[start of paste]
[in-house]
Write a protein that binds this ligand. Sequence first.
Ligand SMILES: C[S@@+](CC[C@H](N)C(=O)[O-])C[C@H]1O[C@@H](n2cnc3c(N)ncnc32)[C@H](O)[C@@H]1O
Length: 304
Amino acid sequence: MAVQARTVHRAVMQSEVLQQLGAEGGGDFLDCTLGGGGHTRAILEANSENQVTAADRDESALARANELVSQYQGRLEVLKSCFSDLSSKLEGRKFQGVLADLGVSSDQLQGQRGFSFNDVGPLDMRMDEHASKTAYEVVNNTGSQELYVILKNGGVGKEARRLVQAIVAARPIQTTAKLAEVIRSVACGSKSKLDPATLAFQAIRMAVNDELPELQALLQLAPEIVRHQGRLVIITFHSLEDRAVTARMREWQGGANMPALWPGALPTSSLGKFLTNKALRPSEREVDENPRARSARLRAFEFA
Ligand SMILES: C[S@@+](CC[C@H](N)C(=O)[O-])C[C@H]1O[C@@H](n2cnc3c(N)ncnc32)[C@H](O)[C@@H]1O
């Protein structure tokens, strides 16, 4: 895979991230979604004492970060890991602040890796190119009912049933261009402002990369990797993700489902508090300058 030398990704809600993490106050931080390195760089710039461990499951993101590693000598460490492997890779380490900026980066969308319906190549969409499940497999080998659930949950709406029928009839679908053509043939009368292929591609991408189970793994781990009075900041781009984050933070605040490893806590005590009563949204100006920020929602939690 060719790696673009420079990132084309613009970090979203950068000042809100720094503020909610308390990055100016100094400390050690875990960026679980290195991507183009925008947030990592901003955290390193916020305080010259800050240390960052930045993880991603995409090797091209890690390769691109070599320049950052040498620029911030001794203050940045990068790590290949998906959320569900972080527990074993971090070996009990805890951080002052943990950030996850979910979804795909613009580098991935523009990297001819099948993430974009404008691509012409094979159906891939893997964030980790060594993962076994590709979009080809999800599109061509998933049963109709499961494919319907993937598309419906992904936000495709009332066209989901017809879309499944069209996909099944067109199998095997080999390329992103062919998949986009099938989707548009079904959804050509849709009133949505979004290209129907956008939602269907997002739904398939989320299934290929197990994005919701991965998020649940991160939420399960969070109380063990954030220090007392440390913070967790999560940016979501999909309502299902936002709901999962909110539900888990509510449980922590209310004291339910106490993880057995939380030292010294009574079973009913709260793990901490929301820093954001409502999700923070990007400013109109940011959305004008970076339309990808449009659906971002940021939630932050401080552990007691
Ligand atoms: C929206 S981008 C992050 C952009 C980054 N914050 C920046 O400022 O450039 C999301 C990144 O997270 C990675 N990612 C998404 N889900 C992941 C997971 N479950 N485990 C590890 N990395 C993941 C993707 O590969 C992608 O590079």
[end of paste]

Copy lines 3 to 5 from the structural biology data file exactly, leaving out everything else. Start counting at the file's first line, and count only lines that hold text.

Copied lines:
Ligand SMILES: C[S@@+](CC[C@H](N)C(=O)[O-])C[C@H]1O[C@@H](n2cnc3c(N)ncnc32)[C@H](O)[C@@H]1O
Length: 304
Amino acid sequence: MAVQARTVHRAVMQSEVLQQLGAEGGGDFLDCTLGGGGHTRAILEANSENQVTAADRDESALARANELVSQYQGRLEVLKSCFSDLSSKLEGRKFQGVLADLGVSSDQLQGQRGFSFNDVGPLDMRMDEHASKTAYEVVNNTGSQELYVILKNGGVGKEARRLVQAIVAARPIQTTAKLAEVIRSVACGSKSKLDPATLAFQAIRMAVNDELPELQALLQLAPEIVRHQGRLVIITFHSLEDRAVTARMREWQGGANMPALWPGALPTSSLGKFLTNKALRPSEREVDENPRARSARLRAFEFA